She explained that the CSTA does not oppose development of the Founders' Place site and considers that there is a need for "the right type of development".
Ms Assadar spoke about CSTA's concerns about the levels of daylight and sunlight in the new homes proposed by the Charity, and "unacceptable" level of privacy afforded.
Ms O'Connell has long campaigned for the protection of the row of London plane trees which mark the northern boundary of Archbishop's Park and the southern boundary of the proposed development.
"We all appear to agree that the trees have strong amenity value and make a real contribution to the setting of the park. And that they need to be protected."
She acknowledged that changes made to the design of the scheme mean that the trees will survive the construction phase, but argued that the appellant had "failed to demonstrate how the trees will be protected in the long term".
On Tuesday the soon-to-depart chief executive of Guy's and St Thomas' NHS Foundation Trust, Sir Jonathan Michael, gave evidence to the inquiry outlining the "wide-ranging health, community and local regeneration benefits of the Founders' Place scheme".
He explained the benefits of the "health-led development", including the provision of accommodation for up to 400 members of the trust's 9,000 staff, a nursery for the children of hospital staff, the relocation of Ronald McDonald House (for the families of sick children) from Guy's Hospital to be close to the Evelina Children's Hospital and a patient hotel for patients needing ongoing treatment but not requiring accommodation on a hospital ward.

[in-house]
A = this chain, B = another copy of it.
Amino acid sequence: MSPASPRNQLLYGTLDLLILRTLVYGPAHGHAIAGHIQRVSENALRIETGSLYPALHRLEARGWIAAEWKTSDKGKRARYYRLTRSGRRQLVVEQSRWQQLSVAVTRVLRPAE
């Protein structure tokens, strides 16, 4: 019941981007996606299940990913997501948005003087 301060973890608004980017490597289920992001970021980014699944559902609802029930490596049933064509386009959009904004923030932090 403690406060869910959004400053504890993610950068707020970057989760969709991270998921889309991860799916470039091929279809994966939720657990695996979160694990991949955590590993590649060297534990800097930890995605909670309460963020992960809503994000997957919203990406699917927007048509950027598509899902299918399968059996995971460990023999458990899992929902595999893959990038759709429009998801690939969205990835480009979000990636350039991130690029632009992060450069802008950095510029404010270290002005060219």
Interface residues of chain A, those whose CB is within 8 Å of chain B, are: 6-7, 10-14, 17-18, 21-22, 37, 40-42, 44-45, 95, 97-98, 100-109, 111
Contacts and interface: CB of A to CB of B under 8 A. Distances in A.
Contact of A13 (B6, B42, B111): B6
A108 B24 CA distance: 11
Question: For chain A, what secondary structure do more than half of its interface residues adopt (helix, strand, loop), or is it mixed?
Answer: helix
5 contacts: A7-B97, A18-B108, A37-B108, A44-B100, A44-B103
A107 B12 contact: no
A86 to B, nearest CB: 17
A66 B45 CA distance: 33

Sir Jonathan explained that earlier proposals for Founder's Place which retained the Holy Trinity Centre buildings were "fundamentally flawed and undeliverable" and that the benefits of the scheme could not be secured without redevelopment of the Holy Trinity site.
Under cross-examination Sir Jonathan conceded that if the Charity's appeal was unsuccessful, "one option may be to dispose of the site," though he stressed that this would be a matter for the charity and not the NHS foundation trust to decide.
In his written proof of evidence Sir Jonathan stressed the scheme's wider community benefits.
"It will enhance the local environment through high-quality architectural design, better lighting and security and improved access between the hospital and the communities in Lower Marsh and Waterloo – all of which will be welcomed by our staff, patients and visitors, as well as local people."
He concludes that the scheme's benefits are "so clear and significant that the trust and the charities, and all whom they represent, urge that planning permission for the Founder's Place development be granted".
On Thursday 19 April the architect of the Founder's Place scheme, Sir Terry Farrell, appeared at the inquiry.
Sir Terry traced the history of the site back to 1747: "I see our task as trying to make some urban sense out of this," he told the inquiry.
He rejected Lambeth Council's argument as to the importance of the Holy Trinity Centre to the Lambeth Palace Conservation Area. "I can't see how it makes any contribution," he said.
He described the former school as a "backland building" that had never been intended as a "frontage building" until it was "thrust into visibility" by the post-war realignment of Lambeth Palace Road.
He defended the consultation carried out on the scheme describing it as more extensive "than practically any other scheme we've ever done".
"I am absolutely convinced that this is a right and proper scheme," he said. He added that he was "astonished" that Lambeth Council's planning applications committee had rejected the scheme.